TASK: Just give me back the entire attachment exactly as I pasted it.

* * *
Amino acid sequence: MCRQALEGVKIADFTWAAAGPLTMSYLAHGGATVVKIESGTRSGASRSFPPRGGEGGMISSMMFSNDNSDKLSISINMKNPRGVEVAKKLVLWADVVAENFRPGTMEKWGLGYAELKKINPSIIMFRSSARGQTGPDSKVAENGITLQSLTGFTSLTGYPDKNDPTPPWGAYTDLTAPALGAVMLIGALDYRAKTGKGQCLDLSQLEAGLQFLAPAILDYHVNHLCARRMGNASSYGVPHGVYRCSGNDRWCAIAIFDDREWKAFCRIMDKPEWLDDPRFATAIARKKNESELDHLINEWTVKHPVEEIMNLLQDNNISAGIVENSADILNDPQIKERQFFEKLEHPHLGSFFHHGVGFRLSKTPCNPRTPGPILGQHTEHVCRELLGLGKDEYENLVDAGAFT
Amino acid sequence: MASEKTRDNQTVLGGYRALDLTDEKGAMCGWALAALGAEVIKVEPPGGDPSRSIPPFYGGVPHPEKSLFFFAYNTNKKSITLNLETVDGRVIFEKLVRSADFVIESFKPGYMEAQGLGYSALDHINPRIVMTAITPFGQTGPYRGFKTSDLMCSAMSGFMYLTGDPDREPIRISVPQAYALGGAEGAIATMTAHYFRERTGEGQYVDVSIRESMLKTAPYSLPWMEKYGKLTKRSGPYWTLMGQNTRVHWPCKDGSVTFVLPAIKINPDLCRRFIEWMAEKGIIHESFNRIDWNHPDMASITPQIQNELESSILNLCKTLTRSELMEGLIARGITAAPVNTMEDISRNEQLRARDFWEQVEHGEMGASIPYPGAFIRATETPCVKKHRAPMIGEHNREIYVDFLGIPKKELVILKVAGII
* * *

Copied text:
Amino acid sequence: MCRQALEGVKIADFTWAAAGPLTMSYLAHGGATVVKIESGTRSGASRSFPPRGGEGGMISSMMFSNDNSDKLSISINMKNPRGVEVAKKLVLWADVVAENFRPGTMEKWGLGYAELKKINPSIIMFRSSARGQTGPDSKVAENGITLQSLTGFTSLTGYPDKNDPTPPWGAYTDLTAPALGAVMLIGALDYRAKTGKGQCLDLSQLEAGLQFLAPAILDYHVNHLCARRMGNASSYGVPHGVYRCSGNDRWCAIAIFDDREWKAFCRIMDKPEWLDDPRFATAIARKKNESELDHLINEWTVKHPVEEIMNLLQDNNISAGIVENSADILNDPQIKERQFFEKLEHPHLGSFFHHGVGFRLSKTPCNPRTPGPILGQHTEHVCRELLGLGKDEYENLVDAGAFT
Amino acid sequence: MASEKTRDNQTVLGGYRALDLTDEKGAMCGWALAALGAEVIKVEPPGGDPSRSIPPFYGGVPHPEKSLFFFAYNTNKKSITLNLETVDGRVIFEKLVRSADFVIESFKPGYMEAQGLGYSALDHINPRIVMTAITPFGQTGPYRGFKTSDLMCSAMSGFMYLTGDPDREPIRISVPQAYALGGAEGAIATMTAHYFRERTGEGQYVDVSIRESMLKTAPYSLPWMEKYGKLTKRSGPYWTLMGQNTRVHWPCKDGSVTFVLPAIKINPDLCRRFIEWMAEKGIIHESFNRIDWNHPDMASITPQIQNELESSILNLCKTLTRSELMEGLIARGITAAPVNTMEDISRNEQLRARDFWEQVEHGEMGASIPYPGAFIRATETPCVKKHRAPMIGEHNREIYVDFLGIPKKELVILKVAGII